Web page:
Abstract

Too often regarded as merely an experiment in language, an effort to bring the harsh alliterative resources of Anglo-Saxon prosody into modern English poetry, Ezra Pound's "The Seafarer" is a far more ideologically complex text than modernist scholars have assumed. When examined in conjunction with medievalist commentary and political reflections written by Pound for the English socialist magazine The New Age between 1911 and 1914, this celebrated Anglo-Saxon translation reveals itself to be not only deeply political but surprisingly socialist in its sympathies. By publishing "The Seafarer" and other writings in this radical publication, Pound affirmed his solidarity with striking English laborers, particularly what was understood to be their patriotic efforts to recover ancient Saxon liberties. He also gave provisional support to an Anglo-medievalist variant of socialism known as guild socialism, thereby establishing that his pre-war politics were more progressive and left-leaning than previously acknowledged.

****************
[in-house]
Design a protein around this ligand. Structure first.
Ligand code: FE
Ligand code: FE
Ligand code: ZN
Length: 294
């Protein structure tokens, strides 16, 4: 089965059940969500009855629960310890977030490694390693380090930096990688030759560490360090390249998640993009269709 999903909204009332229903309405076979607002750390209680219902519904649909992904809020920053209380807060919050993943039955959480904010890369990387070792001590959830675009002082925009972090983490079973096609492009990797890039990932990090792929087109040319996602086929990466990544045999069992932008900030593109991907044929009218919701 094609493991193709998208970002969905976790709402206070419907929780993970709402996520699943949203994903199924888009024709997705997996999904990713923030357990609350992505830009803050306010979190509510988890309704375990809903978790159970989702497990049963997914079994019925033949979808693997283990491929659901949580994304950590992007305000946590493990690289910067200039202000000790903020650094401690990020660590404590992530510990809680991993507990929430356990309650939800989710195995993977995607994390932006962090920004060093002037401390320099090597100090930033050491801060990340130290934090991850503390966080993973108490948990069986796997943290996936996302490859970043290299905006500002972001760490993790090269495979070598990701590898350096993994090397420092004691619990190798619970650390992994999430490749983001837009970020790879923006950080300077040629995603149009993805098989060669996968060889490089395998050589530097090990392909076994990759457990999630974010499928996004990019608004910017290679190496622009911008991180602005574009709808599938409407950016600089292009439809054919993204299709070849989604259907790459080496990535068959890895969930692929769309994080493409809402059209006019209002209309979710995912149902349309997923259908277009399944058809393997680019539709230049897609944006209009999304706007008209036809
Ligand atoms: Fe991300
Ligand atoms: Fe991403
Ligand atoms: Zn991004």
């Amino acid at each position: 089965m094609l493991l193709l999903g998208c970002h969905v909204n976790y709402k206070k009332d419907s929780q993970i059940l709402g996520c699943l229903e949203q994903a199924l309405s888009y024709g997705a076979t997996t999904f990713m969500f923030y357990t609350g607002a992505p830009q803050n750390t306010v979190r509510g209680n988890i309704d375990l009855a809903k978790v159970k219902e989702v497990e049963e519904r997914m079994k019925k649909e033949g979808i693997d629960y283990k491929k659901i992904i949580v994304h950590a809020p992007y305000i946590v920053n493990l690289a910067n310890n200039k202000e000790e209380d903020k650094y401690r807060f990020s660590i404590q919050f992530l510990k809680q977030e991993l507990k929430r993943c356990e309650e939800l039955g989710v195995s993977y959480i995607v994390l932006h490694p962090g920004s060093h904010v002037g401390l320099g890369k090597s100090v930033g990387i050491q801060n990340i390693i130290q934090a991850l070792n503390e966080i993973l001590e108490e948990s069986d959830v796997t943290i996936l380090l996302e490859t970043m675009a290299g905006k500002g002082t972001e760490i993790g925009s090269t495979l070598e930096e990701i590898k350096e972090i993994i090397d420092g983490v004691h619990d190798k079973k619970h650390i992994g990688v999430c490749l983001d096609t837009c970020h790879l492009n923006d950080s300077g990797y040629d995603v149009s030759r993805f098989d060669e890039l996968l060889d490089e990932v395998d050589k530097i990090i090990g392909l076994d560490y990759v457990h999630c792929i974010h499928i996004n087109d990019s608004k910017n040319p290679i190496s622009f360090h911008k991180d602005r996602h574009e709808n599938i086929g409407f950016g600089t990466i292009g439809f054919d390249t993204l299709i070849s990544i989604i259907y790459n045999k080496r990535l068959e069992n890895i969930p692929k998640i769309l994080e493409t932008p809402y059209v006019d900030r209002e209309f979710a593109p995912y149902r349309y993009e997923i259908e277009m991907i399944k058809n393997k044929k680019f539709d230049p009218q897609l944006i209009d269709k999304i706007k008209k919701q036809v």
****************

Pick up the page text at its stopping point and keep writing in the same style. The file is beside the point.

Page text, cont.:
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Additional Information

ISSN
1529-1464
Print ISSN
0022-281X
Pages
pp. 1-21
Launched on MUSE
2006-09-14
Open Access
N
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